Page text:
Today's construction technologies and techniques differ vastly from those in use at the time the first National Building Code (NBC) was produced in 1941. To keep pace with changes, and to ensure that the latest innovations and applications are applied safely by the construction industry, a new edition of the NBC is published approximately every five years. NRC's Codes Canada plays a vital role in this process by providing technical and administrative support to the Canadian Commission on Building and Fire Codes (CCBFC) and its related committees, which are responsible for the development of Codes Canada publications.
The CCBFC oversees the work of a number of technical standing committees, whose members apply their experience to develop and improve the codes that protect the health and safety of Canadians. Representing all major facets of the construction industry, commission members include building and fire officials, architects, engineers, contractors and building owners, as well as members of the public. They serve as individuals, not as designated appointees of any organization.
NRC, through Codes Canada, ensures that the best available knowledge from across Canada and around the world is brought to bear on the development of the national codes. The unique association between NRC and the CCBFC gives the Commission ready access to NRC scientists, engineers and state-of-the-art facilities, enhancing Canada's position as a world leader in the development of comprehensive, yet practical, construction codes.
Coordinated codes system
The input of provincial governments, municipalities and the construction industry is crucial to the strength of Canada's codes. The current code-writing process has one of the most extensive — and involved — public review procedures in the world. Thorough consultations lead to an improved coordinated approach to code development involving every province, territory and the CCBFC.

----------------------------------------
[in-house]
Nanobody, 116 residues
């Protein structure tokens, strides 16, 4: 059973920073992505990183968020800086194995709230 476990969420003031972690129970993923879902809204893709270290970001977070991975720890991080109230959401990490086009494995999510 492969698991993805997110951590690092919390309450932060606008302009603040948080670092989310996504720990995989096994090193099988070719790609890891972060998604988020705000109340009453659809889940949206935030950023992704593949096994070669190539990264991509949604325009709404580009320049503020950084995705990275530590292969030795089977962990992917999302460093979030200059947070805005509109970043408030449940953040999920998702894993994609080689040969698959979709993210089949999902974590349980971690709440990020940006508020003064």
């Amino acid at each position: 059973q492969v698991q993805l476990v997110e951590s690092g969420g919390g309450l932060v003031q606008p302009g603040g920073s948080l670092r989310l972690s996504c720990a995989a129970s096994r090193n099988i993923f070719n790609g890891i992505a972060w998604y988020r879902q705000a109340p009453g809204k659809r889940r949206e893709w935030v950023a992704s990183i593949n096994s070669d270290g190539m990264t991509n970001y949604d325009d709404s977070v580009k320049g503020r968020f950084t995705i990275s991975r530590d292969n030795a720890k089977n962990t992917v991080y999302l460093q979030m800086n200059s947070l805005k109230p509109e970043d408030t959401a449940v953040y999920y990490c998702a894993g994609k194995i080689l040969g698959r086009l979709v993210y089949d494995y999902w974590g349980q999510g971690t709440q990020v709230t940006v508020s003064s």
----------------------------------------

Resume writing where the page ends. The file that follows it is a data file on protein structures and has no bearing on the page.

Enhancing the code-writing process by coordinating the separate national and provincial public reviews promotes greater participation by the provinces and territories, better stakeholder consultation, and more uniform provincial and territorial codes. The participation of the provinces and territories at every stage of code development streamlines the process and encourages the elimination of differences between the provincial and territorial codes.
While Codes Canada publications have continually improved over the years, they have also become somewhat more complex. The CCBFC has therefore developed an easier-to-understand, easier-to-implement system of objective-based codes, which were first published in September 2005.
By explaining every requirement in terms of its underlying aim, objective-based codes help users understand clearly the reasons behind the requirements. This capitalizes on the flexibility that exists in the current codes: if a new method or technology — one not mentioned specifically under a particular requirement — is shown to achieve the intended purpose, it can be recognized as an acceptable alternative. Therefore, objective-based codes promise to foster a spirit of innovation and create new opportunities for Canadian manufacturers.
An important aspect of the work of Codes Canada lies in helping code users to understand and apply the codes. To this end, Codes Canada, through the CCBFC, provides commentaries, user's guides and online seminars to the construction industry explaining the intent of code requirements. A User's Guide to Part 4 of the 2015 NBC and an Illustrated User's Guide to Part 9 of the 2015 NBC (specific to house construction requirements), as well as Supplements to the 2015 NBC, NFC and NPC (Intent Statements), are available.